Tuesday, November 1, 2016

A Brain Surgeon, IBM's Watson, and Buzz Lightyear Walk into a Bar…

"I gotta tell you… The life of the mind. There's no roadmap for that territory... and exploring it can be painful.”
John Turturro. Barton Fink.

“Here's how my brain works: It's stupidity followed by self-hatred and then further analysis. It's not a very efficient system of thought.”
             Louis C.K. Hilarious.

“To see something stationary, our brains have to scribble our eyes very subtly over its surface. Experiments have even proved that if you artificially stabilize an image on the retina with a combination of special contact lenses and microelectronics, the image will vanish.”
Sam Kean. The Tale of the Dueling Neurosurgeons: The History of the Human Brain as Revealed by True Stories of Trauma, Madness, and Recovery.

Lately, I’ve been reading a lot of books on neuroscience, mental disorders, and how the brain works. I’m fascinated not just by the complexity of the human brain and its impressive reasoning capabilities but also man’s attempts to decipher how this powerful supercomputer actually functions, how it deals with trauma, how it heals and reprograms itself with no external manipulation.

There are many studies out there that have shown the amazing plasticity of the human brain - stories of people who lost large chunks of their brains due to birth defects or as a result of accidents or a lobotomy, yet somehow managed to live an almost normal life. The results are sometimes hard to believe but are meticulously researched and documented by scientists. The brain, in these cases, automatically rewires and reprograms itself and recovers even from catastrophic failures.

Neuroscientists have been carefully studying the brain and have identified specific regions that are responsible for many functions - say, language skills or vision or motor skills. I'm sure you've all seen those colored pictures of brains: This part over here controls your hearing, this part does logical reasoning, etc. They have even drilled holes in people's heads and poked and prodded those regions to show that they can manipulate specific functions: If I send an electric shock to this spot, you will taste liver and onions.

The results are, as expected, consistent in all people with a normal brain. The only problem is the last two words in that sentence: “normal brain”. Change the brain in any way, say through a birth defect, by performing a frontal lobotomy, or by removing a cancerous tumor, and the brain automatically repurposes other regions of itself to stand in and perform the particular function that used to be handled by the missing part. It's as if your laptop were to wake up one morning and say to itself: “Dammit, I see the software for the disk controller is missing. Let me just rewrite the graphics driver and repurpose this chunk of silicon from the network controller over there to perform storage operations instead!” Meanwhile, the rest of the system, including graphics and networking, continues to work with little or no degradation in functionality. Note that this is very different from a cluster of computers making forward progress in the case of node failure or network partitioning. It’s the equivalent of a single computer continuing to work properly even after you attack the CPU with a blunt instrument.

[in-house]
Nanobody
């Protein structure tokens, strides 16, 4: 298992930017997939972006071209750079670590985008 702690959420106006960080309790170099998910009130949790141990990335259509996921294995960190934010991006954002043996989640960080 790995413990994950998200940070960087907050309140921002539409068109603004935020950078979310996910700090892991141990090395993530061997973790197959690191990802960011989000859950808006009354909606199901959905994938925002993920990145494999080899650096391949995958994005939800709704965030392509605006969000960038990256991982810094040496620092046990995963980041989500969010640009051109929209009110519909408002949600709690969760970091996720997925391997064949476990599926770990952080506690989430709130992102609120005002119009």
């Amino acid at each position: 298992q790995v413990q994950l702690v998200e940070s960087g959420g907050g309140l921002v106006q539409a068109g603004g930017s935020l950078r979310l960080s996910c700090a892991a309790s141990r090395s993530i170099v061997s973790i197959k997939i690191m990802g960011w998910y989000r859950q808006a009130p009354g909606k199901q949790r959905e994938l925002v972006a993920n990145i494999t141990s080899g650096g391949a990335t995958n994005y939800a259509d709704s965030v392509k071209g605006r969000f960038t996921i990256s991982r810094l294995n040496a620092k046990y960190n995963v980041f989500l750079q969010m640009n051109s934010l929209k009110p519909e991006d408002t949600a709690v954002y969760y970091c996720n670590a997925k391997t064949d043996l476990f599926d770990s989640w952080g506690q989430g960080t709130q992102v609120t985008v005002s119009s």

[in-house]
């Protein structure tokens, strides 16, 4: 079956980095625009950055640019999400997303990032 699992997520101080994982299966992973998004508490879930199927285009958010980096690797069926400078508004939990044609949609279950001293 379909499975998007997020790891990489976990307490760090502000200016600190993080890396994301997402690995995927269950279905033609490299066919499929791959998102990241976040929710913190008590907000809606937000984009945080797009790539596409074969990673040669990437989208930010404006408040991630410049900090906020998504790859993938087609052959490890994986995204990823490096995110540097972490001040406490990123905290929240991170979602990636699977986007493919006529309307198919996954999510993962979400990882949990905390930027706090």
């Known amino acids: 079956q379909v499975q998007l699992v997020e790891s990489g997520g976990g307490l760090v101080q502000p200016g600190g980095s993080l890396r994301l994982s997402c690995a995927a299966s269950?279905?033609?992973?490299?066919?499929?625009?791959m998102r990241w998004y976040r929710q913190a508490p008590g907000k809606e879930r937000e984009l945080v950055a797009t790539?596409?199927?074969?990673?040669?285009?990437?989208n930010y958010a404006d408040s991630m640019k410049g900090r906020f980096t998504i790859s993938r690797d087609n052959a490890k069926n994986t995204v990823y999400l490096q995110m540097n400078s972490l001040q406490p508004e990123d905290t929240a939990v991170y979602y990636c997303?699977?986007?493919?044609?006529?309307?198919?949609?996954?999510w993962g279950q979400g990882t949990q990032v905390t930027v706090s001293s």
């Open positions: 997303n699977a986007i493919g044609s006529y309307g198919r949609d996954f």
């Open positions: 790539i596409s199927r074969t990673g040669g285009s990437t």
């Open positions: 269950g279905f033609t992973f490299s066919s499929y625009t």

The literature is replete with incredible case studies and many books have been written on the topic. One of the most startling examples, in my opinion, is the recent publication of a scientific paper: Perfectly normal 24 year old Chinese woman complains of dizziness, X-Ray reveals her entire cerebellum (home to half the neurons in her brain and responsible for much of our motor activities as well as parts of language) is missing - apparently a genetic defect. Yet, for all practical purposes, she is a healthy adult woman and no one really noticed any problems over the past two and a half decades of her life. Her mother remembers that she started walking and talking a couple of years later than normal - which means her brain was busy reprogramming itself in those two years so other regions could pick up the responsibilities usually assigned to the cerebellum. The end result? Almost no externally visible degradation in performance, just a little dizziness and occasional vomiting. Unbelievable, yet true.

As you read about brain plasticity, you realize that any comparisons to the "artificial intelligence" of computers and new advances in “deep learning” algorithms is laughable. We can't even keep our simplistic computers and apps working with a dozen specialists (support people, operations people, etc) on-call round the clock; we have to throw away the hardware and the software every few years and start over again.

Computers becoming smarter than us soon? Don't make me laugh. Computers may be better (read: faster) than us in some respects but that is a superficial advantage at best. We have been reprogramming our brains for millions of years. Evolutionarily speaking, the computing industry is not even at the mammalian stage of development yet. It would be more apt to compare today's most powerful supercomputers to Darwin’s favorite barnacles than to a human brain. If I could talk to my computer, I’d remind it of Woody’s immortal words to Buzz Lightyear in Toy Story: “YOU ARE A TOY! … You are a child's play thing!”

The next time we get all proud of ourselves for the quality of our software, its robust error handling capabilities, or its (snicker) self-healing capabilities, we should remember the story of the software that runs us - non-stop for a hundred years, 99.9% defect free, with no need for reboots, no need for an “OS upgrade” or even “hardware” changes. And - oh yeah, it heals itself and reprograms itself around massive partial system failures, too.

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